Cell cycle, its different phases and duration

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  • Life starts as a single cell called zygote or fertilized egg in all multicellular organisms. Living organisms grow by addition of new cells that arise by the division of pre-existing cells.
  • The chromosomes, or DNA, of a parent cell must be doubled exactly if the daughter cells formed by its division are to have identical information about their structure and functioning.
  • This duplication of chromosomes, or DNA, does occur well before cell division begins. Each new cell must inherit not only a nucleus containing the entire genetic information it will need, but also the cytoplasmic organelles required to express the genetic information, such as ribosomes to synthesize proteins and mitochondria to supply the necessary energy.
  • The mode of cell division is fundamentally similar in all organisms, which emphasizes the unity of life.

Cell cycle:

  • The sequence of events by which a cell duplicates its genome and synthesizes other cell contents and eventually divides into two daughter cells is termed as cell cycle.
  • The term cell cycle was introduced by Howard and Pelc in 1953.
  • In simple words, the cell cycle refers to the sequence of events involving growth and division of a cell from the time of its formation (by division of the parent cell) to its own division into daughter cells.

What is generation time?

  • It is the duration of the cell cycle, i.e. period between two successive cell divisions.
  • It depends on the type of cell and external factors such as temperature and food and oxygen supplies. E.g. bacterial cells ( coli) divide every 20 minutes, epithelial cells of the intestinal lining every 8-10 hours, a yeast cell every 90 minutes etc.

Phases of cell cycle:

  • There are two main stages in the cell cycle of a typical eukaryotic somatic cell.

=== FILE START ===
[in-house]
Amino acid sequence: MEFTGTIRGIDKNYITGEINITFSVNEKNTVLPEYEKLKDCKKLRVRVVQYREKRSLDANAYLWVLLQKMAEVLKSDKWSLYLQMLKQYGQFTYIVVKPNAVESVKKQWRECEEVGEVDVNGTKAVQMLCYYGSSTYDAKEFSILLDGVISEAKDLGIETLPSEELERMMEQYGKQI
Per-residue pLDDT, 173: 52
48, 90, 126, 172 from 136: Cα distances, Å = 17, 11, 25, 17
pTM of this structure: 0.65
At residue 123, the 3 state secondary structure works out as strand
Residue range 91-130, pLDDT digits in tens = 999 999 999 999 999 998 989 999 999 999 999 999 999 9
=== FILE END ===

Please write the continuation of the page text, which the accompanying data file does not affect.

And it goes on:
• Interphase: a long non-dividing state also known as inter-mitosis or I-phase
    • Mitotic phase or M-phase: a shorter phase of nuclear division
    • G0 phase: for further non-dividing cells
  • These main phases are followed by a still shorter phase of cytoplasmic division known as cytokinesis or C-phase.
  • Various phases of cell cycle are regulated by proteins cyclins and cyclin dependent protein kinases (CDKs). The latter phosphorylate protein using ATP resulting in the breakdown of nuclear membrane.

Different phases of a cell cycle
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a. Interphase:               

  • Interphase involves a series of changes that a newly formed cell and its nucleus undergo to become fit for division.
  • In this phase, there is continuous synthesis of biological molecules, such as carbohydrates, lipids, proteins and nucleic acids, needed for its growth carrying out its specific functions.
  • DNA repair: Repair of damaged DNA sequences also takes place in interphase.
  • The interphase lasts for 10-20 hours, and takes 75-90 %of the entire generation time. It is further divided into three periods or sub-phases; first gap or G1 phase, synthetic or S-phase, and second gap or G2 phase. Duration of these sub-phases varies in different organisms.
    1. G1 phase (Gap 1):
      • It is a stage of initial growth of a newly formed cell. The cell is metabolically active in preparation of DNA replication. Nucleotides, ATP and amino acids are formed. Mitochondria and chloroplasts (in plant cell) multiply.
      • Endoplasmic reticulum, golgi apparatus and other cell organelles are produced.
      • RNAs (rRNA, mRNA, tRNA) and ribosomes are synthesized whereas no change occurs in the DNA content of the cell.